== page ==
* Public Citizen: Trial unethical, patients not informed
* Group asks FDA to act before July meeting
WASHINGTON, May 11 (Reuters) - An major trial of Avandia puts patients at risk and should be stopped, a U.S. advocacy group said on Tuesday in calling on regulators to halt the global study of the controversial GlaxoSmithKline Plc GSK.LGSK.N diabetes drug.
The U.S. Food and Drug Administration in 2007 asked the company to conduct the trial to compare the drug's long-term heart effects with those of rival Actos by Takeda Pharmaceutical Co Ltd 4502.T after other evidence suggested Avandia increased the risk of heart attack and chest pain.
But since then, even more data have linked Glaxo’s drug to greater heart risks, the science-based consumer advocacy group Public Citizen said. Continuing to enroll patients in the trial -- which aims to study 16,000 worldwide through 2015 -- unnecessarily puts people with diabetes at risk, it said.
The trial, known as TIDE, is “exposing thousands of high-risk patients with diabetes to a drug with an unfavorable safety profile and no clinical advantage over its comparator,” Public Citizen’s Health Research Group Director Sidney Wolfe and Canadian researcher David Juurlink wrote in a letter to FDA Commissioner Margaret Hamburg.
“A wealth of data now suggests” that Avandia carries greater risks than Actos, the researchers said. Patients are also not adequately informed about the safety differences between the two medicines when deciding whether to participate in the trial, they added.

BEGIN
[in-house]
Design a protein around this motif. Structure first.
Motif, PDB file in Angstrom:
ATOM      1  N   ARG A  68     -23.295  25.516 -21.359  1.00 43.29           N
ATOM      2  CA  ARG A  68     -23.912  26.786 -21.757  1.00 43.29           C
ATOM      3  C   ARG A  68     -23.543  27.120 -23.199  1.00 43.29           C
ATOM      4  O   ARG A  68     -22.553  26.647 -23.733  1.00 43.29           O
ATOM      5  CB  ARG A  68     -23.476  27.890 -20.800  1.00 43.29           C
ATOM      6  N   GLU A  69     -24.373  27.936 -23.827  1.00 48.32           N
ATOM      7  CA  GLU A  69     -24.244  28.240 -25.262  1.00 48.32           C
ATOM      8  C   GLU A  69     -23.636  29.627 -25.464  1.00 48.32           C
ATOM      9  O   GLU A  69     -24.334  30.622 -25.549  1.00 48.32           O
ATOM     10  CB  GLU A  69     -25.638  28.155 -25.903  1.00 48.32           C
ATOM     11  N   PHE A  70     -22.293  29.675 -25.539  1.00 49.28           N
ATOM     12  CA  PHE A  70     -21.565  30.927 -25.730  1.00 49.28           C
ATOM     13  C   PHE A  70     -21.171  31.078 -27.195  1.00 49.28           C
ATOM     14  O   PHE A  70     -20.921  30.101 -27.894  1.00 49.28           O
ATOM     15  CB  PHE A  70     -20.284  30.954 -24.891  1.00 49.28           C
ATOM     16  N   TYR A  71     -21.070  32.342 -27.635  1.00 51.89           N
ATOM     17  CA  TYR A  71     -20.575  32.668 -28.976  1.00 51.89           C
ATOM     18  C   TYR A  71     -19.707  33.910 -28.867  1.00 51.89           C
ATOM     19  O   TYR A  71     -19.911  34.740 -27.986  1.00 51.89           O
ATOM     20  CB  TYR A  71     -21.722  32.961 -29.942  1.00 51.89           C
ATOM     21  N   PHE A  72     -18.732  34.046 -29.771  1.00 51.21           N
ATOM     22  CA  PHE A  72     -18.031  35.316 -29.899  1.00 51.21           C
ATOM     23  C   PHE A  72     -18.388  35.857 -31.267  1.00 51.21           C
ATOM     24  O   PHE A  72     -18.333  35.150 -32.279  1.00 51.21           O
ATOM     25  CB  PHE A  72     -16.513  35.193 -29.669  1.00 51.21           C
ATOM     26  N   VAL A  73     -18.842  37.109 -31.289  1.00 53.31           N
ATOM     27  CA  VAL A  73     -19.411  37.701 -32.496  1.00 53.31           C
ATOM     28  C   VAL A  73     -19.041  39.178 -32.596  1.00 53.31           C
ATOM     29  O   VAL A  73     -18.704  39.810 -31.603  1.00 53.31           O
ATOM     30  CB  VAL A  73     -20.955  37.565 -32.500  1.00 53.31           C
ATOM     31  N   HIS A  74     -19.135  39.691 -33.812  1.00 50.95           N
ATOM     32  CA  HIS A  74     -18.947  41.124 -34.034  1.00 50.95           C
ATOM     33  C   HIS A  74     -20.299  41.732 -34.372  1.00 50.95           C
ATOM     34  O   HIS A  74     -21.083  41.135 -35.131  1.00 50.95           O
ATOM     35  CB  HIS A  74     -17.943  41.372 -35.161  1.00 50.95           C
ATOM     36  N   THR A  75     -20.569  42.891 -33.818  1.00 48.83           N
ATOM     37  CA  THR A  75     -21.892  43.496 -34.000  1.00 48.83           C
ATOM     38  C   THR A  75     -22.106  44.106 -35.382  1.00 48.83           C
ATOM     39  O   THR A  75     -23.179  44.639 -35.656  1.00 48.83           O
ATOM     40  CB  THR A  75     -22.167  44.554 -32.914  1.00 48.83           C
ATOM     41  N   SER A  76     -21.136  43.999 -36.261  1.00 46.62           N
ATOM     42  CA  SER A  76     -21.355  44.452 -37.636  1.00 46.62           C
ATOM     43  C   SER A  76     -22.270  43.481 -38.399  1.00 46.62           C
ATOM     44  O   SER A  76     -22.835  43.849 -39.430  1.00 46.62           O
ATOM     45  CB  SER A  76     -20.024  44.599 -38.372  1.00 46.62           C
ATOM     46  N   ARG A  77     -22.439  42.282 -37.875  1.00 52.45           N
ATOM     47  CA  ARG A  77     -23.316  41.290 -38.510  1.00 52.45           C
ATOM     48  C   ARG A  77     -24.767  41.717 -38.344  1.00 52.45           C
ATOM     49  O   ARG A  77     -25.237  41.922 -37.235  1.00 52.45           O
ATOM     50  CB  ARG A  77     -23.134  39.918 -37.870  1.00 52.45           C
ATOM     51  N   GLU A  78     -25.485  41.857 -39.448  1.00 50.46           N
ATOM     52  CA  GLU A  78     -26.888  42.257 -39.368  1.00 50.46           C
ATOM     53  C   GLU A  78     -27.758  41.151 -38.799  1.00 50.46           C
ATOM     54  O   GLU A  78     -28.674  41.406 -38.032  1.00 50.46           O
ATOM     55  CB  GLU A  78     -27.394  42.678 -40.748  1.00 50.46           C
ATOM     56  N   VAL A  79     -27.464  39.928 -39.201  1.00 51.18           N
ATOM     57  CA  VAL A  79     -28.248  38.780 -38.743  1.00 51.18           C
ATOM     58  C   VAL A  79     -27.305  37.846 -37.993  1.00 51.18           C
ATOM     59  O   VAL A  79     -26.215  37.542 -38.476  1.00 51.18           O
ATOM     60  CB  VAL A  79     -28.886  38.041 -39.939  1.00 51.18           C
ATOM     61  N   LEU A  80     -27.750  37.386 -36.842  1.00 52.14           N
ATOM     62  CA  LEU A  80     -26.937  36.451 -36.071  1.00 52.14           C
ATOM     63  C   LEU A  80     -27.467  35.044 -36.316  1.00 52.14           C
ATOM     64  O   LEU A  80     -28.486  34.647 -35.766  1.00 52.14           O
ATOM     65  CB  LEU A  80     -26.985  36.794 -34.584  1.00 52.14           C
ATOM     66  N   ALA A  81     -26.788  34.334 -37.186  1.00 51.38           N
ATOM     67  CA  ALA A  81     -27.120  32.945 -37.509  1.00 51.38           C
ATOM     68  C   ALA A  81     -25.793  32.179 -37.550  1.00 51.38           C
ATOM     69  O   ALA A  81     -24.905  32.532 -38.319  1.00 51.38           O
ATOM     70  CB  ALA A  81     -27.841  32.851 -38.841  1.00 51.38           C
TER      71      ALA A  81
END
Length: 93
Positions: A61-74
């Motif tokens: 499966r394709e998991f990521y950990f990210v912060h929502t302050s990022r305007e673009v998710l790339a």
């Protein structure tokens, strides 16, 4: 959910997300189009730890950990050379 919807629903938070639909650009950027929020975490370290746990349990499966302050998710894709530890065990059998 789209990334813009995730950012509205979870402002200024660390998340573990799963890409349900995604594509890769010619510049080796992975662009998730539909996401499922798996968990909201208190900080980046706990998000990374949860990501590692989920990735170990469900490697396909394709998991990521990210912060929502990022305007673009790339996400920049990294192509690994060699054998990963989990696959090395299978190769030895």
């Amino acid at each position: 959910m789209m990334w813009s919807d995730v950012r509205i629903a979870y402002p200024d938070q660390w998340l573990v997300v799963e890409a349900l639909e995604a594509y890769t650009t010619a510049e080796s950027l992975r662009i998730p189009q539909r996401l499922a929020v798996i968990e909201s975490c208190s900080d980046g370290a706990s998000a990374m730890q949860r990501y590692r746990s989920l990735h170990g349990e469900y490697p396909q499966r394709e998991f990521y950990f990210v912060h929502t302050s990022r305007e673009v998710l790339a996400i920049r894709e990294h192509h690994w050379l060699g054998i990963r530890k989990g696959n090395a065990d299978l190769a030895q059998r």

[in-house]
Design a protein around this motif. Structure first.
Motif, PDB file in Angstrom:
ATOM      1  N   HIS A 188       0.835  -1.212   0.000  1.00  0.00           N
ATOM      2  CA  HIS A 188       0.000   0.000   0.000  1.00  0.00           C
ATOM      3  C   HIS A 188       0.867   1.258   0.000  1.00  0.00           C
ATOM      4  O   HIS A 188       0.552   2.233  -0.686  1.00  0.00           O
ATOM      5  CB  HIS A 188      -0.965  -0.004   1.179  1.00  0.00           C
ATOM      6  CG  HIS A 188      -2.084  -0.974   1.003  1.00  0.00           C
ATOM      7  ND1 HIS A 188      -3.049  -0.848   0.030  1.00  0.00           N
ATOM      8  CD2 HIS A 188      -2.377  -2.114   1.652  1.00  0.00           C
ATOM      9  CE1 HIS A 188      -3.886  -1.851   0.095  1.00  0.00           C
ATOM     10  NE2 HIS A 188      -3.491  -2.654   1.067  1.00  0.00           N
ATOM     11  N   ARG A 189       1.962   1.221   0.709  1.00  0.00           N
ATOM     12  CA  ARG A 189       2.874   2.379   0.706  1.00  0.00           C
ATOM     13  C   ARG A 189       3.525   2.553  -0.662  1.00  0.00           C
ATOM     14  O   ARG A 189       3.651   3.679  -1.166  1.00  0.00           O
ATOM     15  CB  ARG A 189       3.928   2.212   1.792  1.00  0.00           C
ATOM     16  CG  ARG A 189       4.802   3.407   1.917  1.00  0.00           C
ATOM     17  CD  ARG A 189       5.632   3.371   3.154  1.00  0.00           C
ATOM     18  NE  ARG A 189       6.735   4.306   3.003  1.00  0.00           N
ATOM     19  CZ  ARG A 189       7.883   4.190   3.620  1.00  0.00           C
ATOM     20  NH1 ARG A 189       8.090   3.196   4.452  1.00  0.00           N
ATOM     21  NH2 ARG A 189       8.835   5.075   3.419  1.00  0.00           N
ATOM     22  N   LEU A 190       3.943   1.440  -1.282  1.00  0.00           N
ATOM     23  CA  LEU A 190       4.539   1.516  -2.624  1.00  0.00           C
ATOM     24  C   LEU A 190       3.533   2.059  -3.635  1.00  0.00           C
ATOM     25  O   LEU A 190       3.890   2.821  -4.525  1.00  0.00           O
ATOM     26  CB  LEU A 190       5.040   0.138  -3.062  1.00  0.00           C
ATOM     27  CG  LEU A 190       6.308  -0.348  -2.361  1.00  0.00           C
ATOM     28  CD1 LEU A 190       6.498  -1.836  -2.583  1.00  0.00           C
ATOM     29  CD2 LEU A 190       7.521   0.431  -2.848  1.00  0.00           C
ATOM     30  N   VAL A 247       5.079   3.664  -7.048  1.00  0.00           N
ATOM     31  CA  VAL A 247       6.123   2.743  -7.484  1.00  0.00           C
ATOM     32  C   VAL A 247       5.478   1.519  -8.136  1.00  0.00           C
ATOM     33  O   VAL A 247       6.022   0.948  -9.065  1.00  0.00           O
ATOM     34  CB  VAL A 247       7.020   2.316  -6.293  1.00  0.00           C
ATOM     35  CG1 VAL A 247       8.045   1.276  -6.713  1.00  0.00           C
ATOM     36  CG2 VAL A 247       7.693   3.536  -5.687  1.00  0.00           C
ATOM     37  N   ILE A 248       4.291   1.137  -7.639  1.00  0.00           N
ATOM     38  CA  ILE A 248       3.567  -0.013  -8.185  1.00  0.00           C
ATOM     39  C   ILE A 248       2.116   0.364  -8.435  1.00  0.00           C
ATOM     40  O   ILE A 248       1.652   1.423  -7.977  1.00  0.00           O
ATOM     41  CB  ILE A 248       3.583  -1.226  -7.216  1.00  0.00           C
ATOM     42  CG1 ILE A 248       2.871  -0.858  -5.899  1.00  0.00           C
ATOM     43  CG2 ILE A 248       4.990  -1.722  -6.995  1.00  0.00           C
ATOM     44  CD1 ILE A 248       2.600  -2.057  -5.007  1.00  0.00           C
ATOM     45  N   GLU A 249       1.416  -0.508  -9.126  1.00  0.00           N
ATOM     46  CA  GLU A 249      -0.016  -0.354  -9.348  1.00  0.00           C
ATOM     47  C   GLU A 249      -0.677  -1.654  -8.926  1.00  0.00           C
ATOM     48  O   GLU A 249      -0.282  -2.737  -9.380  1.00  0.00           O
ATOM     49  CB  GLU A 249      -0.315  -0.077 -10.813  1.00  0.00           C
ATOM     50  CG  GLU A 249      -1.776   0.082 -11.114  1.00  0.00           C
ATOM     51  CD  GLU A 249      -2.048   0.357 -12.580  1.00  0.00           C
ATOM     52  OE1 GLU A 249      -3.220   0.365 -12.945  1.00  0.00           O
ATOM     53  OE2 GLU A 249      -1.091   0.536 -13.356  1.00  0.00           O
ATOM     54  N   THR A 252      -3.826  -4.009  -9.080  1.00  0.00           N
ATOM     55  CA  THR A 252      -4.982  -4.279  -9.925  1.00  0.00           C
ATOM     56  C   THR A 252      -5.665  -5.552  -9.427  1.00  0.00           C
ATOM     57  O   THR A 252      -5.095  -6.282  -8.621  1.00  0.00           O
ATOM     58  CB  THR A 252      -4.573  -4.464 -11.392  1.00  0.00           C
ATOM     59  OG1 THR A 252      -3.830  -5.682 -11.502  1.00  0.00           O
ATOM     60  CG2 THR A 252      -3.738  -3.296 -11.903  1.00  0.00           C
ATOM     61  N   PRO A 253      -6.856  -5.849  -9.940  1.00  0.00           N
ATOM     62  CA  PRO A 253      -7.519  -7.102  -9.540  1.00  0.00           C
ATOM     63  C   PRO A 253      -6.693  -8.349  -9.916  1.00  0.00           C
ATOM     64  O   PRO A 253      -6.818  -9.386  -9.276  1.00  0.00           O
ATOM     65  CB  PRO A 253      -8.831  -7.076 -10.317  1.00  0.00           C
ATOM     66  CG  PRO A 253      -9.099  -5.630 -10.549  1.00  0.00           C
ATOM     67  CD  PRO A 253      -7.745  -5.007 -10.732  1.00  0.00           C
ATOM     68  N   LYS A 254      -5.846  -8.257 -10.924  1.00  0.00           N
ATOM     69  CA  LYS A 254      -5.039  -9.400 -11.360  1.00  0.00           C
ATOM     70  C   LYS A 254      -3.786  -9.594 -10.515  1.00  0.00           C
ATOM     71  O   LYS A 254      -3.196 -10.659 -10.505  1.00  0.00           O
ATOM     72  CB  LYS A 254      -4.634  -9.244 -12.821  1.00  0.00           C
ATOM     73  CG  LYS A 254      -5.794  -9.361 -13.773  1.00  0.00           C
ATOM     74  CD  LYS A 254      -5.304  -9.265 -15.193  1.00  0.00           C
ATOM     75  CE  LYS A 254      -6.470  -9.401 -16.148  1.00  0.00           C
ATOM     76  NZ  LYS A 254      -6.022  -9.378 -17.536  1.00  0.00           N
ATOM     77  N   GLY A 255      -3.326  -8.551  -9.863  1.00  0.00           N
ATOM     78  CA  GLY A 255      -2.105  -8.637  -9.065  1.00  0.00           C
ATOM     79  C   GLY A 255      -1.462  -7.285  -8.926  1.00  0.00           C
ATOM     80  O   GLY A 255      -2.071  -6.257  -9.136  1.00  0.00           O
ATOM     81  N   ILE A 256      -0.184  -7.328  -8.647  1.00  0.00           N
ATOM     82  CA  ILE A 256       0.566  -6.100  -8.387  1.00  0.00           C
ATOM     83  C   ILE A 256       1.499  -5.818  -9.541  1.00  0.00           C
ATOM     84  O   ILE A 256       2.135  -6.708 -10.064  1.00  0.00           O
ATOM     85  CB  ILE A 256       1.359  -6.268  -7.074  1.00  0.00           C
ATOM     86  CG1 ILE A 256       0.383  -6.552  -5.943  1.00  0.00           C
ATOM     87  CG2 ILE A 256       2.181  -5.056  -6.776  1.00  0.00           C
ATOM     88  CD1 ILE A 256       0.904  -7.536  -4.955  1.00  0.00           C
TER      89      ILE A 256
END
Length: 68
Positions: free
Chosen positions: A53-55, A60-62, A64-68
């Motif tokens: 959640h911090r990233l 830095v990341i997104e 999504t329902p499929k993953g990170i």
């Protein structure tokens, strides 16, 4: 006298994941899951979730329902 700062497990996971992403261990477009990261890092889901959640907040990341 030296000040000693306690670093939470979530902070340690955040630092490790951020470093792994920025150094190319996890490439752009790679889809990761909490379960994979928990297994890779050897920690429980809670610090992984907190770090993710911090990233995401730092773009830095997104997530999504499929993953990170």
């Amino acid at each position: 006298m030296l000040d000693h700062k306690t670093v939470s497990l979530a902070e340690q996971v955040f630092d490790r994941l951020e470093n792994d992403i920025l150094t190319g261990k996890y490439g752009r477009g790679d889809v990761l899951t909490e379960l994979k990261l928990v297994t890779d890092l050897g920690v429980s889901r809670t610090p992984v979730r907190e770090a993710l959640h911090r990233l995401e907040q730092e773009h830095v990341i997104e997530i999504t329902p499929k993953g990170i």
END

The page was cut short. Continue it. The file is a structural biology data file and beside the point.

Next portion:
FDA officials have said they are already taking a closer look at Avandia, also known as rosiglitazone, but have yet to draw any new conclusions about its use.
Glaxo has said it stands behind the safety and efficacy of Avandia when used appropriately.
The FDA’s outside advisory panel noted the drug’s heart risks at a 2007 meeting, but overwhelmingly recommended keeping it on the U.S. market even though an agency staff scientist urged its removal.
The FDA later called for a “black box” warning on Avandia’s label after a review of 42 studies associated the drug with an increased risk of heart problems compared with a placebo, although it called the overall data “inconclusive.”
Another FDA advisory panel is scheduled to meet publicly in July to review Avandia’s safety.
In its letter to the FDA, Public Citizen urged the agency to act before the summer meeting, adding that U.S. and European diabetes associations have already advised against the drug’s use.
According to the group’s letter, Glaxo’s TIDE trial involves 137 sites in 14 countries, including recently added locations in developing countries such as Latvia and Pakistan.
Glaxo has said that scientific evidence has not established an increased risk of heart problems and that it has openly provided data. Still, Avandia sales have dropped by more than half, from roughly $3 billion in 2006 to $1.2 billion in 2009.
Some U.S. lawmakers have also called for the FDA to pull Avandia from the market until the drug’s safety and effectiveness can be firmly established. (Reporting by Susan Heavey; Editing by Lisa Von Ahn)
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